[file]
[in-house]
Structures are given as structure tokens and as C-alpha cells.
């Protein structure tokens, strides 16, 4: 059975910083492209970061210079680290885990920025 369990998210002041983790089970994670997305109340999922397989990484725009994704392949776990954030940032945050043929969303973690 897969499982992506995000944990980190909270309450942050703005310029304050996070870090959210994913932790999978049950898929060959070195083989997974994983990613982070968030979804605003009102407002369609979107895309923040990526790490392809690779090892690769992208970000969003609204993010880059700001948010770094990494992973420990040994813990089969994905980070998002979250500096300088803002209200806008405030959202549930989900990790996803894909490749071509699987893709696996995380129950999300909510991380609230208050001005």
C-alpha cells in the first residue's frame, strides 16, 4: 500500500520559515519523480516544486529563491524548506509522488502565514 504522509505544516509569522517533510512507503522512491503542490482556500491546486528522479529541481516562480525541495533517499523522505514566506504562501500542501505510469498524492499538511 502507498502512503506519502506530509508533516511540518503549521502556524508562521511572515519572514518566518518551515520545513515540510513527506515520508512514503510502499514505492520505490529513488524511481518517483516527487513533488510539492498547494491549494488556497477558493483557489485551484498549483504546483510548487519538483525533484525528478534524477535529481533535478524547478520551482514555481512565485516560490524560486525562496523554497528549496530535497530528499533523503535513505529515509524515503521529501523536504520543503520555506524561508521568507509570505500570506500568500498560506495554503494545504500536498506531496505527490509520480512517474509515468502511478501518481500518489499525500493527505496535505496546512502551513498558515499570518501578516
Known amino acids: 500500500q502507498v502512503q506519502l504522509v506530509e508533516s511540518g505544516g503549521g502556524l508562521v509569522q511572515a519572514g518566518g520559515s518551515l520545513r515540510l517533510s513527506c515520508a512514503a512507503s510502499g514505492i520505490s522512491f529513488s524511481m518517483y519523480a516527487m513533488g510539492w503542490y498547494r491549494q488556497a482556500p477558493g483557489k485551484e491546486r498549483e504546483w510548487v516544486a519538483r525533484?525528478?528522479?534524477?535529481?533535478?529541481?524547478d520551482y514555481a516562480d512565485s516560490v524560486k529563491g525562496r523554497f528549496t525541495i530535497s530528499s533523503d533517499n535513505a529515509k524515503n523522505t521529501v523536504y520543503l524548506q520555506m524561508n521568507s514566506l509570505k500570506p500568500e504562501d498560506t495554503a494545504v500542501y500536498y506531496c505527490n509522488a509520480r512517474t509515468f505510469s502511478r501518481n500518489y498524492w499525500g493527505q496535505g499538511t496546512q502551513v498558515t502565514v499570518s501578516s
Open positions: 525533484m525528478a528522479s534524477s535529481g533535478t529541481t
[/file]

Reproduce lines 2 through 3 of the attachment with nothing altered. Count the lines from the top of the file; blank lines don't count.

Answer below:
Structures are given as structure tokens and as C-alpha cells.
């Protein structure tokens, strides 16, 4: 059975910083492209970061210079680290885990920025 369990998210002041983790089970994670997305109340999922397989990484725009994704392949776990954030940032945050043929969303973690 897969499982992506995000944990980190909270309450942050703005310029304050996070870090959210994913932790999978049950898929060959070195083989997974994983990613982070968030979804605003009102407002369609979107895309923040990526790490392809690779090892690769992208970000969003609204993010880059700001948010770094990494992973420990040994813990089969994905980070998002979250500096300088803002209200806008405030959202549930989900990790996803894909490749071509699987893709696996995380129950999300909510991380609230208050001005």